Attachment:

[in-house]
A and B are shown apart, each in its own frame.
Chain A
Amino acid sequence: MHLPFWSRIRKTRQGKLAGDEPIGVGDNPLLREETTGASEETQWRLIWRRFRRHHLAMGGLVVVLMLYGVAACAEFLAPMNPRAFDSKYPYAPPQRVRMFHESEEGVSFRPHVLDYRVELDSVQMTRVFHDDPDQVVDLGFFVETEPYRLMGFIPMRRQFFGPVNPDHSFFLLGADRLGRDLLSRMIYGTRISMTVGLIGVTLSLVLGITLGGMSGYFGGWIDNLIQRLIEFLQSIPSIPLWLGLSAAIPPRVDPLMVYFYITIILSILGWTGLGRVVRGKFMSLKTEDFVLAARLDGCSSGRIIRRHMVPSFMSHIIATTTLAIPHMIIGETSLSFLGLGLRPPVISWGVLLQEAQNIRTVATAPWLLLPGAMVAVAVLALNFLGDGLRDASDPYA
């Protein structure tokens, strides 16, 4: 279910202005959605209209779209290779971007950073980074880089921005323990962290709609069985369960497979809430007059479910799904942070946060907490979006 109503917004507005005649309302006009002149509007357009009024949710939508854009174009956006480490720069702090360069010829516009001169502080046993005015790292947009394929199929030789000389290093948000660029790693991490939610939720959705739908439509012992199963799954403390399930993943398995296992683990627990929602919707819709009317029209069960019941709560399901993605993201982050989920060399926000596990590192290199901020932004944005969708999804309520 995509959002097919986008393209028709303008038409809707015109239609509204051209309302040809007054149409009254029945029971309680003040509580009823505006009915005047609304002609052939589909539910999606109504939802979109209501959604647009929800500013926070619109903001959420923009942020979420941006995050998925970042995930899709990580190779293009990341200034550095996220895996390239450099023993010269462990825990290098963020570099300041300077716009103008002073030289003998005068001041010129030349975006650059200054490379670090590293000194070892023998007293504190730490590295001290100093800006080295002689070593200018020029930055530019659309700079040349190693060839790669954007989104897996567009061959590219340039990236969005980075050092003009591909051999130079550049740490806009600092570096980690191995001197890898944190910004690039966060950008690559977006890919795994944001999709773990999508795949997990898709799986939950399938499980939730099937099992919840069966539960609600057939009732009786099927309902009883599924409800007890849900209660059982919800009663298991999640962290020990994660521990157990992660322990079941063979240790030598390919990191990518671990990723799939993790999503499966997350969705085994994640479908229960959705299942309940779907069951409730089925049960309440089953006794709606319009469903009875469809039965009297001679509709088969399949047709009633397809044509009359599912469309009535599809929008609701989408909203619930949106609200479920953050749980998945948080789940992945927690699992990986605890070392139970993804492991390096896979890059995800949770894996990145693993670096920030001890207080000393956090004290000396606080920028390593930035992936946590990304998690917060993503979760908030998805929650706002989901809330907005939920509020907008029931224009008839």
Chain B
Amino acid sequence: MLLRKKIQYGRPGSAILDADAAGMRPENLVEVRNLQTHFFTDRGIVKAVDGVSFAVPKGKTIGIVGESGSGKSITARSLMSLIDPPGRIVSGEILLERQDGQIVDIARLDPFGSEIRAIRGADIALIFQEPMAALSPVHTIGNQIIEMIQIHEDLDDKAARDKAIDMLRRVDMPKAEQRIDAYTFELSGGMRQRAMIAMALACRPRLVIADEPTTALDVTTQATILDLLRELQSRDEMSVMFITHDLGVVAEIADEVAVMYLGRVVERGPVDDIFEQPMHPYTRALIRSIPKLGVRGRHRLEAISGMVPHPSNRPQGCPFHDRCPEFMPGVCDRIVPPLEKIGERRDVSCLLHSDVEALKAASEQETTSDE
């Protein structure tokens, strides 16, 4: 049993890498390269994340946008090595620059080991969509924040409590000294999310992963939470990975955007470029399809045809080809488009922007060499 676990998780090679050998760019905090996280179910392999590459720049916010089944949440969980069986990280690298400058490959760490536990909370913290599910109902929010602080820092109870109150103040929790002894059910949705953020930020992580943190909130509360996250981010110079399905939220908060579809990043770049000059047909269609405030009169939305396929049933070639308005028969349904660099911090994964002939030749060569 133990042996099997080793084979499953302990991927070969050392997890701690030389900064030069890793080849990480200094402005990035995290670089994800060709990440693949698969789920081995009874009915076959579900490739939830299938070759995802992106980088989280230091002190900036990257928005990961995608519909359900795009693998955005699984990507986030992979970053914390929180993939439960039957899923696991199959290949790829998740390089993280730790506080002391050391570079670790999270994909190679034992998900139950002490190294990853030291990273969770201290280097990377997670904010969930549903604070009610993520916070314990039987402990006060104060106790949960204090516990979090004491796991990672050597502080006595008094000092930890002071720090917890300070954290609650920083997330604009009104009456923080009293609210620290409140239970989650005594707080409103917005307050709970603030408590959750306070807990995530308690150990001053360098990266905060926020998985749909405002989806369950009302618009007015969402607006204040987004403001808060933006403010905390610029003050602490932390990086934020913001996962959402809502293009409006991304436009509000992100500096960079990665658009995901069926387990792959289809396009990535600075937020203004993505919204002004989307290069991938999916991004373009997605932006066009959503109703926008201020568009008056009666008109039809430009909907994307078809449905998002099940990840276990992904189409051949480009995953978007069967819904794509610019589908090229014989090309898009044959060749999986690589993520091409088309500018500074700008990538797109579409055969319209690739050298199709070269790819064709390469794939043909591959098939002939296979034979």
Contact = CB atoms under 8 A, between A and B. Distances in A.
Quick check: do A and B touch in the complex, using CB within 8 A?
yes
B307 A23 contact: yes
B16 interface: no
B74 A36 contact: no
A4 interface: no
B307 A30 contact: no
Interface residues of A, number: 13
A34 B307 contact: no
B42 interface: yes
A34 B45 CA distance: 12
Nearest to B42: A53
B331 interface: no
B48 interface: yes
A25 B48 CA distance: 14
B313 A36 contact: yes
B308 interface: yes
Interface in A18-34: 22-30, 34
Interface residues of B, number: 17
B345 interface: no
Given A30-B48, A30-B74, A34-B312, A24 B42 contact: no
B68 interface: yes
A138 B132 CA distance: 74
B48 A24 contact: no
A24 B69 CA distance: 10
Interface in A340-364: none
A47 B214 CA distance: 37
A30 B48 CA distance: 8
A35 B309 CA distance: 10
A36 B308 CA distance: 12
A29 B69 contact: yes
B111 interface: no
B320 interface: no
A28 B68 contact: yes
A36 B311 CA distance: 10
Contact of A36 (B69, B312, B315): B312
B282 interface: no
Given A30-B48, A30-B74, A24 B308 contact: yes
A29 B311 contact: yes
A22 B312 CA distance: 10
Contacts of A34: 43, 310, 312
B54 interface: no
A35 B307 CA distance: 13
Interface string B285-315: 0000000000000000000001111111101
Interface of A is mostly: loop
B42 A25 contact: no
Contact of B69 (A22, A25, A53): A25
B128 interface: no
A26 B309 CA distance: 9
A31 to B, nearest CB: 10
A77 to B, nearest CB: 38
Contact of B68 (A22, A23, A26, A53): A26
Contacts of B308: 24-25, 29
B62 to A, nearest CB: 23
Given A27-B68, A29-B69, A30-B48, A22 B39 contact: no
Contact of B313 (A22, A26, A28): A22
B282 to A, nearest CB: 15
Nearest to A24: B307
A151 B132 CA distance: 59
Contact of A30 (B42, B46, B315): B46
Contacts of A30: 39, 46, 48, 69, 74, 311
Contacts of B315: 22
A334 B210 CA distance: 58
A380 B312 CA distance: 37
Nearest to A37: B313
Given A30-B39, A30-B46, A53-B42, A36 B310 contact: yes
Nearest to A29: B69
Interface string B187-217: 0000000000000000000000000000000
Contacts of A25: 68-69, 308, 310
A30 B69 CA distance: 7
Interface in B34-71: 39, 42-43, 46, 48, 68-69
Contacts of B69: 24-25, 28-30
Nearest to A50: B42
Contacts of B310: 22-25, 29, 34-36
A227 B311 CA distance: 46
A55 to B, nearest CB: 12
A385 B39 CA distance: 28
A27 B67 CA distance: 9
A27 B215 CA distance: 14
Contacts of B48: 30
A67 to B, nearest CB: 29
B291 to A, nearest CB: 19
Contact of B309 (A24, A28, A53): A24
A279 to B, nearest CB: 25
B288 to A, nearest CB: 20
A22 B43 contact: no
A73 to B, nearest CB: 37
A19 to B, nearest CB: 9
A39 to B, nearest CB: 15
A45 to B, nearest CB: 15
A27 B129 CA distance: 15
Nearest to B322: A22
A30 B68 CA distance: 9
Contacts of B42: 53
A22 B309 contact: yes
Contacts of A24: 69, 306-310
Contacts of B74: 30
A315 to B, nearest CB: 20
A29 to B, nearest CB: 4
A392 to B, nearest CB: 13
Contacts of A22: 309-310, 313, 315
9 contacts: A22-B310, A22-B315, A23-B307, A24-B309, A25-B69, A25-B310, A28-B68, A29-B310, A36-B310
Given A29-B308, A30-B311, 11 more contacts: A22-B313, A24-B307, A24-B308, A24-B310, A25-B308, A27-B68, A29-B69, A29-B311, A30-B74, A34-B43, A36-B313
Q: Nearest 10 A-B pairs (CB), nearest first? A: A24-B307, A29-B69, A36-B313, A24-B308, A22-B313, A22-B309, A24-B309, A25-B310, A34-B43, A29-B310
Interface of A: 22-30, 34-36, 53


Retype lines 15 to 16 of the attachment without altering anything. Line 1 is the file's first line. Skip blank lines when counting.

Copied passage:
A4 interface: no
B307 A30 contact: no